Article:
On April 2, a judge of the Superior Court denied efforts by the City of Boston to dismiss Bennett & Belfort’s client’s pregnancy discrimination and retaliation claims. The client, a nine-year employee of the City is advancing claims for discrimination and retaliation and, as a result of this decision, will almost certainly have her day in Court..
The Plaintiff worked in the Communications Department of Boston Public Schools for several years, during which time she received positive performance reviews. In 2015, when she was five months pregnant, BPS hired a new head of its Communications Department. The Plaintiff alleged she observed uninvited hostility and enhanced scrutiny from her new supervisor, as compared to her co-workers. She then lodged an internal complaint of pregnancy and race discrimination to BPS’s Office of Equity (OOE). Months later, OOE found that there was “sufficient evidence to substantiate the allegations” against the supervisor for pregnancy discrimination and retaliation.
Days later, the City discontinued talks about a promotion for Plaintiff, and a few months after that her position was eliminated in a department reorganization that eliminated only the Plaintiff’s position. A jury could “infer that BPS was looking for a way to terminate or force out [the Plaintiff],” Superior Court Judge Anthony Campo wrote in the decision. This was among the reasons that summary judgment on the Plaintiff’s discrimination claim was deemed inappropriate by Judge Campo.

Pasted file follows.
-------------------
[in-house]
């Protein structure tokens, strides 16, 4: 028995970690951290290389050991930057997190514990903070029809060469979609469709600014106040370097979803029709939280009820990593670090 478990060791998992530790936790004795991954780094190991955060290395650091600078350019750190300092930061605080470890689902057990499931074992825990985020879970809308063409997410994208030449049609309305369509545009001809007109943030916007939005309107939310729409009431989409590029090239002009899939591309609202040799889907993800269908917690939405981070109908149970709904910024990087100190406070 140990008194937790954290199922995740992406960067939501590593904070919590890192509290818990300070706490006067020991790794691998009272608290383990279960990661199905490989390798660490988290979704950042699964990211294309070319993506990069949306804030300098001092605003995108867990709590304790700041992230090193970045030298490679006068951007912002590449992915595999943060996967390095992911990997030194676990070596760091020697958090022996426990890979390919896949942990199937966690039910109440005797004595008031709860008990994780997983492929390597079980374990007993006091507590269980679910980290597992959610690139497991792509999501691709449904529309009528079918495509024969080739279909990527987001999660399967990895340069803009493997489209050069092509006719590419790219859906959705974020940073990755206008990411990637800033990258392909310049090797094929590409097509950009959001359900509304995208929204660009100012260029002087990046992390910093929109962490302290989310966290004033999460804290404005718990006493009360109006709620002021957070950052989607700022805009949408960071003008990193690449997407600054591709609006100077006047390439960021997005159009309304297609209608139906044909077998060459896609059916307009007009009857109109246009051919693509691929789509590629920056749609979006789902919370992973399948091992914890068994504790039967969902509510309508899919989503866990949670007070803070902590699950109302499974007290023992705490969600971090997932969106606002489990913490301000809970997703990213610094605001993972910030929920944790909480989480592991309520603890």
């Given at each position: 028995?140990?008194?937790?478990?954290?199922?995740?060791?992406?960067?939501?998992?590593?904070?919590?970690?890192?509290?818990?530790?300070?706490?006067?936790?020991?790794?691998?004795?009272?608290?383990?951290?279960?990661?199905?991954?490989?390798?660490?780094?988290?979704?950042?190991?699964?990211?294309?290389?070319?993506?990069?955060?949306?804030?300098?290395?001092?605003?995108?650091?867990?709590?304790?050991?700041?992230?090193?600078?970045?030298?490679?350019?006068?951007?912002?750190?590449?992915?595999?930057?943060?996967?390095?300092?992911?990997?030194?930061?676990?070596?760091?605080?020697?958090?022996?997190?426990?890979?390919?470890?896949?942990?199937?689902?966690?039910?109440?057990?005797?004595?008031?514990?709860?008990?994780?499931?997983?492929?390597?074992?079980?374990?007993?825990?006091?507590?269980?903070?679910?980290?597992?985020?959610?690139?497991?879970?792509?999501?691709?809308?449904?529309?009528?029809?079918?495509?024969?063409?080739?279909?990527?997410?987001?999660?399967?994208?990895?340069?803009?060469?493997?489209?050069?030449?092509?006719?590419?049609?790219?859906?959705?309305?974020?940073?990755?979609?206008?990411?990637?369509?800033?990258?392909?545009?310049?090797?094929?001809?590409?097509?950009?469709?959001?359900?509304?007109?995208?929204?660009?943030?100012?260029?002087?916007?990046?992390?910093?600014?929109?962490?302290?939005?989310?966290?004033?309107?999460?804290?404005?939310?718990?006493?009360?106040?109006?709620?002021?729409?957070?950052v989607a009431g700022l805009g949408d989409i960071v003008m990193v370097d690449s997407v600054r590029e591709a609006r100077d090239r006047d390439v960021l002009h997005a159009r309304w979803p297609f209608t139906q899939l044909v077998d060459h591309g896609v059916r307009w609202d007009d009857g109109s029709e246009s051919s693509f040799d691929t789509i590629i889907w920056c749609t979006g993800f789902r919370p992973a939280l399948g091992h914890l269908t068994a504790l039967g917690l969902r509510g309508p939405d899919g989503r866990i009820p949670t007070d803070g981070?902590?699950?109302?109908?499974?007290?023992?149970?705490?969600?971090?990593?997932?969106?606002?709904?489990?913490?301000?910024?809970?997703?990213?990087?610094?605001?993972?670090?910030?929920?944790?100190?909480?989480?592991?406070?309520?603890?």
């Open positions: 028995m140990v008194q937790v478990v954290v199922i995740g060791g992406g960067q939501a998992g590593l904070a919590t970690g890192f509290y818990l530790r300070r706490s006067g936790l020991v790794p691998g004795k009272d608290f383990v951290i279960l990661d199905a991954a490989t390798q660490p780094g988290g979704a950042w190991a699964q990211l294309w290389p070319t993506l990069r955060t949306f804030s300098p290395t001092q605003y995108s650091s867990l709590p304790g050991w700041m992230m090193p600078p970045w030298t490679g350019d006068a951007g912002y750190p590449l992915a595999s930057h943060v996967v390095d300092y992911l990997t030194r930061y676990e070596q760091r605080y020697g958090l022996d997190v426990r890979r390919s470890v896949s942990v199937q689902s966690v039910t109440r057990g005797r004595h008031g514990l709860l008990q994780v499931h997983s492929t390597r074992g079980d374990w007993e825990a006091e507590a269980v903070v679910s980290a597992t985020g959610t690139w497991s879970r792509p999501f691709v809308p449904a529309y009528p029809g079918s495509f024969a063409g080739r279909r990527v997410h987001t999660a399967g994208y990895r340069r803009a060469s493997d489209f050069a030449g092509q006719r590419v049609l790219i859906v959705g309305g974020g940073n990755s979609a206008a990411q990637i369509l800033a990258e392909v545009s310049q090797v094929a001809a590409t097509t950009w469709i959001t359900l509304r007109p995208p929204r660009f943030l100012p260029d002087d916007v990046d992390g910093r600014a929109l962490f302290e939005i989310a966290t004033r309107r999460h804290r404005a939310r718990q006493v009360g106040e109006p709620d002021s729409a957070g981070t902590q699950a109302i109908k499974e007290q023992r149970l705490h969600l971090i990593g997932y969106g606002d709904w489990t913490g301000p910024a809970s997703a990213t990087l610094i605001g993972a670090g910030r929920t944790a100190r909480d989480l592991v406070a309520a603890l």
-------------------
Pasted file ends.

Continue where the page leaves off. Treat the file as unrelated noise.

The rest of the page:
Turning to the Plaintiff’s retaliation claims, Judge Campo’s decision highlighted evidence that the history of the Plaintiff’s complaints of discrimination and retaliation, followed by adverse actions thereafter, also permit a jury to find that the City retaliated against the Plaintiff in violation of G.L. c. 151B. The Court also left intact claims against several individuals employed by the City, stating that “there is evidence that each one of them played a part in the events leading up to [the Plaintiff’s] termination,” the judge wrote.
The Plaintiff is represented by Michaela May and Eric LeBlanc of Bennett & Belfort and Katherine Skubecz of The Law Office of Katherine Skubecz. The Court’s decision is available in full online here.